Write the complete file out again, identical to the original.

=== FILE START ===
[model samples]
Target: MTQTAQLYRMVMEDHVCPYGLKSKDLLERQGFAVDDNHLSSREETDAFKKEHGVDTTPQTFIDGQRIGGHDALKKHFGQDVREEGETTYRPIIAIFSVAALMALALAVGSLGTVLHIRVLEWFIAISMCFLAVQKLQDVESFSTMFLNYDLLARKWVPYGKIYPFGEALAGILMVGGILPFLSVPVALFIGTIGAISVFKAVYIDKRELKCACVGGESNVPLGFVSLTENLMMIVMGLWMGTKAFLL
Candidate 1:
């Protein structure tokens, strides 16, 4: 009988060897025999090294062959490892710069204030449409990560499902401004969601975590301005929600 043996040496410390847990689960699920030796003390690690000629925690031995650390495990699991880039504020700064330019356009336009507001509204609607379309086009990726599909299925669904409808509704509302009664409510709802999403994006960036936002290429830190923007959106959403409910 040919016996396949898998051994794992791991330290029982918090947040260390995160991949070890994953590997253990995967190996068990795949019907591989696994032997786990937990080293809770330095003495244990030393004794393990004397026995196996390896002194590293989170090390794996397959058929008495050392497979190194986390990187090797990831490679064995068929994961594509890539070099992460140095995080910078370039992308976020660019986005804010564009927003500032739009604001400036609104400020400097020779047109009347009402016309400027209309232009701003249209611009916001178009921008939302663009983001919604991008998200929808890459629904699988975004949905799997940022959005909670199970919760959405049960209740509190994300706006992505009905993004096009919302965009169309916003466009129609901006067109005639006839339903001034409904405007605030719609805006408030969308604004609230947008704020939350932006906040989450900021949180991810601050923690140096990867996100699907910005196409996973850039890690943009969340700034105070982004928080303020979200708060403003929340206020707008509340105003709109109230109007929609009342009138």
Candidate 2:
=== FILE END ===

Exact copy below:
[model samples]
Target: MTQTAQLYRMVMEDHVCPYGLKSKDLLERQGFAVDDNHLSSREETDAFKKEHGVDTTPQTFIDGQRIGGHDALKKHFGQDVREEGETTYRPIIAIFSVAALMALALAVGSLGTVLHIRVLEWFIAISMCFLAVQKLQDVESFSTMFLNYDLLARKWVPYGKIYPFGEALAGILMVGGILPFLSVPVALFIGTIGAISVFKAVYIDKRELKCACVGGESNVPLGFVSLTENLMMIVMGLWMGTKAFLL
Candidate 1:
């Protein structure tokens, strides 16, 4: 009988060897025999090294062959490892710069204030449409990560499902401004969601975590301005929600 043996040496410390847990689960699920030796003390690690000629925690031995650390495990699991880039504020700064330019356009336009507001509204609607379309086009990726599909299925669904409808509704509302009664409510709802999403994006960036936002290429830190923007959106959403409910 040919016996396949898998051994794992791991330290029982918090947040260390995160991949070890994953590997253990995967190996068990795949019907591989696994032997786990937990080293809770330095003495244990030393004794393990004397026995196996390896002194590293989170090390794996397959058929008495050392497979190194986390990187090797990831490679064995068929994961594509890539070099992460140095995080910078370039992308976020660019986005804010564009927003500032739009604001400036609104400020400097020779047109009347009402016309400027209309232009701003249209611009916001178009921008939302663009983001919604991008998200929808890459629904699988975004949905799997940022959005909670199970919760959405049960209740509190994300706006992505009905993004096009919302965009169309916003466009129609901006067109005639006839339903001034409904405007605030719609805006408030969308604004609230947008704020939350932006906040989450900021949180991810601050923690140096990867996100699907910005196409996973850039890690943009969340700034105070982004928080303020979200708060403003929340206020707008509340105003709109109230109007929609009342009138």
Candidate 2: